He saw my book resting on the table, and used it to break the awkward silence, “What’s that book you’re reading?”

We had been texting for a couple of days. In even the most mundane of conversations, he had a certain intellectual curiosity about him which was endearing. He wasn’t just interested in knowing how was my day, he wanted to know what was the weirdest thought I had in the whole day. He challenged my notions of comfortable conversations, often pushing me in a corner and forcing me to think harder, diving deep down and enunciating what I actually thought about a particular subject, rather than having just a cursory discussion on it. In what seemed a natural progression of events, he had proposed a date, asking me to meet him if I was reasonably convinced that he was neither a kidnapper nor a rapist. And though I had found the statement somewhat conceited, I conceded.

I had reached early. He called five minutes later to check where I was, almost offended to hear that I was already inside. I saw him walking, and there were no butterflies in my stomach. But more alarmingly, there was no smile on his face when he saw me. And that worried me a little. While he crossed the swarm of people to reach my table, I closed the book hanging awkwardly in my hands; he reached over and I hastily put it down. We shook hands. He sat down. I sat down too. There was a brief moment of hesitation, as we both were trying to match up the person sitting opposite us with the respective images we had conjured up in our heads over the last few days. I was waiting for him to say something.

“What’s that book you’re reading?”

That question filled me with an incomprehensible dread. In any other situation, I don’t consider any inquiry to be a better conversation starter than one made on my books. But here, I sensed something different. There was something not quite right with that absolutely non-threatening question, but I couldn’t name what was it.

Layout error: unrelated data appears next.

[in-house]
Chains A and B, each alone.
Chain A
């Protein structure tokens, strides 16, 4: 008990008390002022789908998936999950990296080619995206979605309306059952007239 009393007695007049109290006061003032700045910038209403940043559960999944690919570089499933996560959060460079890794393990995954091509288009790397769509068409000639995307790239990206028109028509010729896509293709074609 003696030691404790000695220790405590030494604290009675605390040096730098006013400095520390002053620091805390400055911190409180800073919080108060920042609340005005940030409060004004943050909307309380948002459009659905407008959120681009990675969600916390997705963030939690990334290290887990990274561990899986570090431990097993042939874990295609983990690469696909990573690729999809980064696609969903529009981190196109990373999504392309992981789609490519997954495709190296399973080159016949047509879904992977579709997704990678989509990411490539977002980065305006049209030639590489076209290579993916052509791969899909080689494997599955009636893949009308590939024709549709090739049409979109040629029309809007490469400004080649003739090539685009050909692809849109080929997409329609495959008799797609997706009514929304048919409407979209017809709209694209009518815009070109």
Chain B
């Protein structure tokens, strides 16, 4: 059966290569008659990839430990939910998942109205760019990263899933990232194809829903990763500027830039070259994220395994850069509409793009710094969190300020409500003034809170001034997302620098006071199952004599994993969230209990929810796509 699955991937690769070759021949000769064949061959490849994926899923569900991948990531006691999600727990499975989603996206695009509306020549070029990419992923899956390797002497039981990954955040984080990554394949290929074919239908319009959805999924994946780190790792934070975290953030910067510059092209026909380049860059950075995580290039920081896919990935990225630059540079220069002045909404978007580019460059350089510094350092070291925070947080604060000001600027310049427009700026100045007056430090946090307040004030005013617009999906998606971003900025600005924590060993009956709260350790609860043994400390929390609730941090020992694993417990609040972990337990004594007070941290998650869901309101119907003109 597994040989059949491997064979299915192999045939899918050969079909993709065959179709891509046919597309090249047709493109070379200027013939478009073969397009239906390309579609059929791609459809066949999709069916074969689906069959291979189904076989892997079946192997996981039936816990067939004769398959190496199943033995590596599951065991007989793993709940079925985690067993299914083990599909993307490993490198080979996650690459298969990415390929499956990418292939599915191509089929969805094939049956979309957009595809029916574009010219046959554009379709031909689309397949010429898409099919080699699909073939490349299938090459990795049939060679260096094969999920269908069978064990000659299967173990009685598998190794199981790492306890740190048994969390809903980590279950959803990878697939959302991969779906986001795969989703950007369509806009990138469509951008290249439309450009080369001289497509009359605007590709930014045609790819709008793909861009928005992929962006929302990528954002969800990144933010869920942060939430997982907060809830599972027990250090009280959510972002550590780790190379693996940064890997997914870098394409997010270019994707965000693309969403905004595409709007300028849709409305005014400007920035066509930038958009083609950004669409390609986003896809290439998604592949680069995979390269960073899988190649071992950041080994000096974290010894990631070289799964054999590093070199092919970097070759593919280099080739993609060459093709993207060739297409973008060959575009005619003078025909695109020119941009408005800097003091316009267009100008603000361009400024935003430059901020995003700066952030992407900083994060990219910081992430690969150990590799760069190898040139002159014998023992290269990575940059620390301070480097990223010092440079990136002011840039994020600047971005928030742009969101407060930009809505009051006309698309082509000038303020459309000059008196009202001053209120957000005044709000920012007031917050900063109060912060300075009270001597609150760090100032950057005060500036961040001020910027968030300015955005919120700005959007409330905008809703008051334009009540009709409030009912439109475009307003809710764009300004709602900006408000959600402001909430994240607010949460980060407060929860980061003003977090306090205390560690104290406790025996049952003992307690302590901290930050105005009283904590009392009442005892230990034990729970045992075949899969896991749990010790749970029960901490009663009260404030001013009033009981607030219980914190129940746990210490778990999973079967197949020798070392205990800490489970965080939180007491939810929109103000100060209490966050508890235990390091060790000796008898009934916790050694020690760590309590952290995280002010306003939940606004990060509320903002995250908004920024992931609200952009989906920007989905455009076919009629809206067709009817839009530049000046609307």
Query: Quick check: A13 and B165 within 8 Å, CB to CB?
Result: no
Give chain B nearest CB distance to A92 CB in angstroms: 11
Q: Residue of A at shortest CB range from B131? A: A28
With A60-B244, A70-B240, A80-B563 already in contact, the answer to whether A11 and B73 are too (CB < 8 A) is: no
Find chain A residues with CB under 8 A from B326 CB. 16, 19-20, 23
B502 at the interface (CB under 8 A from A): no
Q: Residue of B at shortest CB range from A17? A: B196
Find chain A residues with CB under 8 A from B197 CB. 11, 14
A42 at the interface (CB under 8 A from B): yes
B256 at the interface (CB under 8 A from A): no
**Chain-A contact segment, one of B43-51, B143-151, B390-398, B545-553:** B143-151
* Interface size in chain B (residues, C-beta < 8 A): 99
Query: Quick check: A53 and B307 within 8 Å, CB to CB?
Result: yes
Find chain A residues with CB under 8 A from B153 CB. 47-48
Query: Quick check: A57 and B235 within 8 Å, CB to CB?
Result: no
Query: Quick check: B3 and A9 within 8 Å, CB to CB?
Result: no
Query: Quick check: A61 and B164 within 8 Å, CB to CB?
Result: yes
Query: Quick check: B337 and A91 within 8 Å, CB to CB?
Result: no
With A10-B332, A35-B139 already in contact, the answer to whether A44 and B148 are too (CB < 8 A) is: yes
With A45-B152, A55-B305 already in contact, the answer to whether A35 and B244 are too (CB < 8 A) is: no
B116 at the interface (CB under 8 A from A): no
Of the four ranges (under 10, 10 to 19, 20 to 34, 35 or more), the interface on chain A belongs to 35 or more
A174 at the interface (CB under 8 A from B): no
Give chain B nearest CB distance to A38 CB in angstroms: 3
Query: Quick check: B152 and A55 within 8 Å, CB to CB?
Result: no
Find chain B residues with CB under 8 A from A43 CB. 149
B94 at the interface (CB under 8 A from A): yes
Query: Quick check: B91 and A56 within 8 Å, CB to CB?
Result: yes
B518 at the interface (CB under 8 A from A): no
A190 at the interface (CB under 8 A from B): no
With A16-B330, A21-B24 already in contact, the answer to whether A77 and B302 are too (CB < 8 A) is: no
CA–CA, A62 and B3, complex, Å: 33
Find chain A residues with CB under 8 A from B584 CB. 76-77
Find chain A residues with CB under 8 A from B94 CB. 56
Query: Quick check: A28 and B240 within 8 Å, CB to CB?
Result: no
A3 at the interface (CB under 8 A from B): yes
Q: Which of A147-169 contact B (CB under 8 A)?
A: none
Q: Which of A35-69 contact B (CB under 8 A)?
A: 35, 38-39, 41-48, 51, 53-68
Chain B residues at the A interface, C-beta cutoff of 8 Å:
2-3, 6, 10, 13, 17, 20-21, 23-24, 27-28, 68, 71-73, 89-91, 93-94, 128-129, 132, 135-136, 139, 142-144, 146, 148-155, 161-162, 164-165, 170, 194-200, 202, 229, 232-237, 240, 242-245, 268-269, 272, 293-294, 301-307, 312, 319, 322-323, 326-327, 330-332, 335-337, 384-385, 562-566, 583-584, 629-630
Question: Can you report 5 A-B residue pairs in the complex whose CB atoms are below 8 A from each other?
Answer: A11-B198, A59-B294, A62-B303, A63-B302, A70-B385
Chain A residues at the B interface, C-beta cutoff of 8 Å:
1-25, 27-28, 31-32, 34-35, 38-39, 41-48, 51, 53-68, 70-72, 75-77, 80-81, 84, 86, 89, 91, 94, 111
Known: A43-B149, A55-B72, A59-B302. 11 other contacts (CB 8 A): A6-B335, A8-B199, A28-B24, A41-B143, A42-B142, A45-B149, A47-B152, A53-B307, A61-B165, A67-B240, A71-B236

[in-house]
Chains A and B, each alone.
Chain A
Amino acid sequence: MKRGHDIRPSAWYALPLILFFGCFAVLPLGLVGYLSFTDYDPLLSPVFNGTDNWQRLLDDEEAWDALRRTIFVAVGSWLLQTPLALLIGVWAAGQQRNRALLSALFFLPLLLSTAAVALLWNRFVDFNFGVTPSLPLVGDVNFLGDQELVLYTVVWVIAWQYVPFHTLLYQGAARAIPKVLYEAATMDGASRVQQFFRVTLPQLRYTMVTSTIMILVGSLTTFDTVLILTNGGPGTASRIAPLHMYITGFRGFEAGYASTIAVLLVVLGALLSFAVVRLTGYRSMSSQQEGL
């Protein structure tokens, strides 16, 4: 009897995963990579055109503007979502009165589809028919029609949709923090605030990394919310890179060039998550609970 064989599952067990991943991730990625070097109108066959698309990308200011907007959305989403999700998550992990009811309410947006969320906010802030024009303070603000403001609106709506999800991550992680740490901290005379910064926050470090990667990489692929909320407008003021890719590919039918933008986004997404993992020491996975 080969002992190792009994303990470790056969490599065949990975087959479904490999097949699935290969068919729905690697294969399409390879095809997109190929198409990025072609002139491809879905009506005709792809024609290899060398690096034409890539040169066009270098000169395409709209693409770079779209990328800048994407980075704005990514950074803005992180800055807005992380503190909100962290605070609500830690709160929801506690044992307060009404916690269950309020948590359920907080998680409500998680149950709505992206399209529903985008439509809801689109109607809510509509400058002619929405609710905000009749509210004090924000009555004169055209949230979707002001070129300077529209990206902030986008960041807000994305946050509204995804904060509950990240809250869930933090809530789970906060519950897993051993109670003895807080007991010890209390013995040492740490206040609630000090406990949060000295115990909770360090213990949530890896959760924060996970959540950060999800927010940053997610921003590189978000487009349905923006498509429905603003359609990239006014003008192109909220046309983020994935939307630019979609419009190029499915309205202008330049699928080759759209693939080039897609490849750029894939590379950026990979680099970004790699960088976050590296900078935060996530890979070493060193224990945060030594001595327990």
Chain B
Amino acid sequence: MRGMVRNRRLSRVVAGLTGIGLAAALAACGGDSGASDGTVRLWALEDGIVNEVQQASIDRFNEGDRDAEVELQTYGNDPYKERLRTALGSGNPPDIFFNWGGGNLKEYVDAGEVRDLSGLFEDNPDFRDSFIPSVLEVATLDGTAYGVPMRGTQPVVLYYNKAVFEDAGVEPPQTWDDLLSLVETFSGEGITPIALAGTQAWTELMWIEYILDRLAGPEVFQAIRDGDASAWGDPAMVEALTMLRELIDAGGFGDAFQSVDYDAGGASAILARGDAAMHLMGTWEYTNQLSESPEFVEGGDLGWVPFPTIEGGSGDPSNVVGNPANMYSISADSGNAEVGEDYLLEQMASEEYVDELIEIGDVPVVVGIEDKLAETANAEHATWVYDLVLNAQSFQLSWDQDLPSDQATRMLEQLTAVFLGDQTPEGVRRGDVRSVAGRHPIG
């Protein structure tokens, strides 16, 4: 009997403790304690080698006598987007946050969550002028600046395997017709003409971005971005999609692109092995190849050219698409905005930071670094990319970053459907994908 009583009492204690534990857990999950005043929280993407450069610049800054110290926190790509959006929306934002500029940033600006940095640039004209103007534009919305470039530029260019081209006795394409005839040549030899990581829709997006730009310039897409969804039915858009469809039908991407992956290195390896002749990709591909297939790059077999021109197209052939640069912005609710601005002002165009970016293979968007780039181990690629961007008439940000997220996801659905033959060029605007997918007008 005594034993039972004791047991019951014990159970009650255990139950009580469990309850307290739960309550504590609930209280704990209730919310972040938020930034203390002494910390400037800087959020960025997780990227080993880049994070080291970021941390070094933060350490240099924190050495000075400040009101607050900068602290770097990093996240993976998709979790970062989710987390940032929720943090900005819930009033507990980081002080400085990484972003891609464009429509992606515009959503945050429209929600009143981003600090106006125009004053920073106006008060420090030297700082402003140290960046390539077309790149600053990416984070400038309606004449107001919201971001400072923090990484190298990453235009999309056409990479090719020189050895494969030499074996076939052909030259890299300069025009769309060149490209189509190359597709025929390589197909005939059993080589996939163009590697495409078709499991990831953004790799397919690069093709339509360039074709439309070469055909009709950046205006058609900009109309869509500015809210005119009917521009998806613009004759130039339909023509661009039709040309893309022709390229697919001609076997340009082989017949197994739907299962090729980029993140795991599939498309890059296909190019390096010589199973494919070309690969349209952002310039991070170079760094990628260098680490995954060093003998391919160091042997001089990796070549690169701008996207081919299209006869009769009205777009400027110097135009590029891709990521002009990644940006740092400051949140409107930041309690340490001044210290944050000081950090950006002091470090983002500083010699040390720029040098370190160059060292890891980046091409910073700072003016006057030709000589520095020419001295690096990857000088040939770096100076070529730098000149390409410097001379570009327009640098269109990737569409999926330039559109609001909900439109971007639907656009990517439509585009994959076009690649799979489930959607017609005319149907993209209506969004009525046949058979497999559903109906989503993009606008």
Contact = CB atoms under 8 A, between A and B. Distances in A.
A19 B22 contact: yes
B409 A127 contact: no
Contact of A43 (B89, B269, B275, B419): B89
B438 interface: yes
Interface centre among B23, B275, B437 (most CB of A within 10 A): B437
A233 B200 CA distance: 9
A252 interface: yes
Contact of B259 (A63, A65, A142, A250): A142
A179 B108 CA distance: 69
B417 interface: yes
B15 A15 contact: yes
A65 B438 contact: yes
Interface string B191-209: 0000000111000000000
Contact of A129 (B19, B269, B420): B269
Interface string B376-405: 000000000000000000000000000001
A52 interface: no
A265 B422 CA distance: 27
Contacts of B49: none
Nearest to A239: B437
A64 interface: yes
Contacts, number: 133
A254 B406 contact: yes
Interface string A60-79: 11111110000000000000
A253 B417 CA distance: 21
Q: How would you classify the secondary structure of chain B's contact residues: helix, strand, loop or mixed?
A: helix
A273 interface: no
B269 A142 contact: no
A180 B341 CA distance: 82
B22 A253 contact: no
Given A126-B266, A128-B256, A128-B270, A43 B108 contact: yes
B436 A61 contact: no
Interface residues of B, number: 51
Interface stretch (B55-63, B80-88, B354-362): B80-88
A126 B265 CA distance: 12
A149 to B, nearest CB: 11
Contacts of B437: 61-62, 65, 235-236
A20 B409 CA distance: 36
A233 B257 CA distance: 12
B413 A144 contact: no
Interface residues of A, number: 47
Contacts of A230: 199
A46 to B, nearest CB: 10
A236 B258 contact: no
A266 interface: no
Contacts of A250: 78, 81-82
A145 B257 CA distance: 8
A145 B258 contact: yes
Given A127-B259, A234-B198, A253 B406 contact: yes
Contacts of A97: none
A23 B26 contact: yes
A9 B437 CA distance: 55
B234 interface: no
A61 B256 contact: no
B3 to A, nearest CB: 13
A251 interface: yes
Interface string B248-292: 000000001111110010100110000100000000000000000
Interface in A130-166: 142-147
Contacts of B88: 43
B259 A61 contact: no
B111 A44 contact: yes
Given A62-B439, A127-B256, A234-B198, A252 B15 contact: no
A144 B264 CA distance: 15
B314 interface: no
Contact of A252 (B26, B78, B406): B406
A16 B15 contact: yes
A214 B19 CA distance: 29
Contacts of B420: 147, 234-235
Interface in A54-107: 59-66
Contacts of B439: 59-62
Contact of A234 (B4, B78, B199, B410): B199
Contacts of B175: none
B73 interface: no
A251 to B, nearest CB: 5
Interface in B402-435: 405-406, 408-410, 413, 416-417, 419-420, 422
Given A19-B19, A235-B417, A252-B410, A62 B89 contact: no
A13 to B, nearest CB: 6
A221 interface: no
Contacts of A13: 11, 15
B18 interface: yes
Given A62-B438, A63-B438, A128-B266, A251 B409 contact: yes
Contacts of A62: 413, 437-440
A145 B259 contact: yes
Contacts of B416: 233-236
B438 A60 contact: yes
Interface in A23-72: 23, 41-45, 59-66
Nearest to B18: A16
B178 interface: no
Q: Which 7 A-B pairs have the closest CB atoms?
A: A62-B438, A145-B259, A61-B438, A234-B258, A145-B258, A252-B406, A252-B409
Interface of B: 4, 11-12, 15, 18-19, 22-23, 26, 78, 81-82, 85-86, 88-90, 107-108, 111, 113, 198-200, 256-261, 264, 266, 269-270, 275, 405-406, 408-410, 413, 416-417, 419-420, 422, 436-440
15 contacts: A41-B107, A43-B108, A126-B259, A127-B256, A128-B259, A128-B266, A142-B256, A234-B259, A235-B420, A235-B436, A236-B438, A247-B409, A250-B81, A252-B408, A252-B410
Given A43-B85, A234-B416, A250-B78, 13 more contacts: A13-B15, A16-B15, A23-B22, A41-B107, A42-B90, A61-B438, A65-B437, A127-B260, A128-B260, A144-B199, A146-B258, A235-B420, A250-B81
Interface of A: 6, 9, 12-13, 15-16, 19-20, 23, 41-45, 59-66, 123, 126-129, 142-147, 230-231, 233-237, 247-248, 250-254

I tried to brush off the question with a casual “oh it’s called ‘Half of a Yellow Sun’…”
He prodded further, “and what’s this about? Who’s written it?”
I asked tentatively, “Do you really want me to get into that, or are you just making small talk?”
He face betrayed his words when he mouthed, “No, I REALLY want to know what is it…”
“Okay, so this is written by this author whom I am currently obsessed with…”
He took the book in his hands, and trying to read the name of the author, asked, “But how did you find out about him…?”
“…and she writes about the post-colonial life in Nigeria… Errr, her. Not him. She is a woman. I stumbled upon one of her lectures, and then a TED talk…”
He had an obscure look on his face. And his words took a disparaging tone when he said, “But how do you even google someone with that kind of name… And what does she even talk about?”
“…titled ‘We Should All Be Feminists’…”
“Feminists?! I hate that word.” His face was closed. And it wasn’t mere discomfort, it was a disdain for the word when he said it.

My heart sank in a swift motion, tumbling down deep recesses. I felt something breaking inside me. I had scripted this date in my head. Here was a man who I wanted to be with. Who I wanted to like. Who I wanted to be the person I had imagined him to be. And he was now deviating from the script! He was exhibiting that part of himself which I knew I’d resent immediately. I didn’t want him to expose it just yet. I wanted him to keep it safely hidden, at least for now. More than that, I wanted so desperately to redeem myself in his eyes. To see the same admiration for me which he had admitted before this meeting. I wanted to be the same person who he had pronounced ‘very sorted’, and not a troublemaker activist. That admission of his hatred for the F-word made my head spin with myriad conflicting thoughts. And that foreboding feeling from earlier suddenly made sense, and stood large in front of me, threatening the image of a pleasant evening that I had envisaged.

The entire evening, I was having two parallel conversations. One in my head, trying to calm that unrest which I couldn’t seem to let go of. And the other with this man, scouring for a streak of intellectual reasoning in his hatred that would exalt him in my eyes. I kept looking, but the more he talked, the more his words came laced with mainstream prejudices. I hated myself in the same moment for trying to dumb down my own arguments, tiptoeing around his ego, second guessing at every instance what might offend and please him.

After a point, the conversation became so dragged that we both were looking for opportunities to call it a night. And when we finally turned to go our own ways, I didn’t want to take the decision of not seeing him ever again. I still wanted to overlook that part of him, replaying over and over a scenario that could have been – if not for that opening question.

But I didn’t have to struggle for too long. The next day I received a text saying, “Hey, I don’t think this will work”. I almost sighed with relief. It was truly a luxury to be abandoned the moment anything went wrong, I now knew.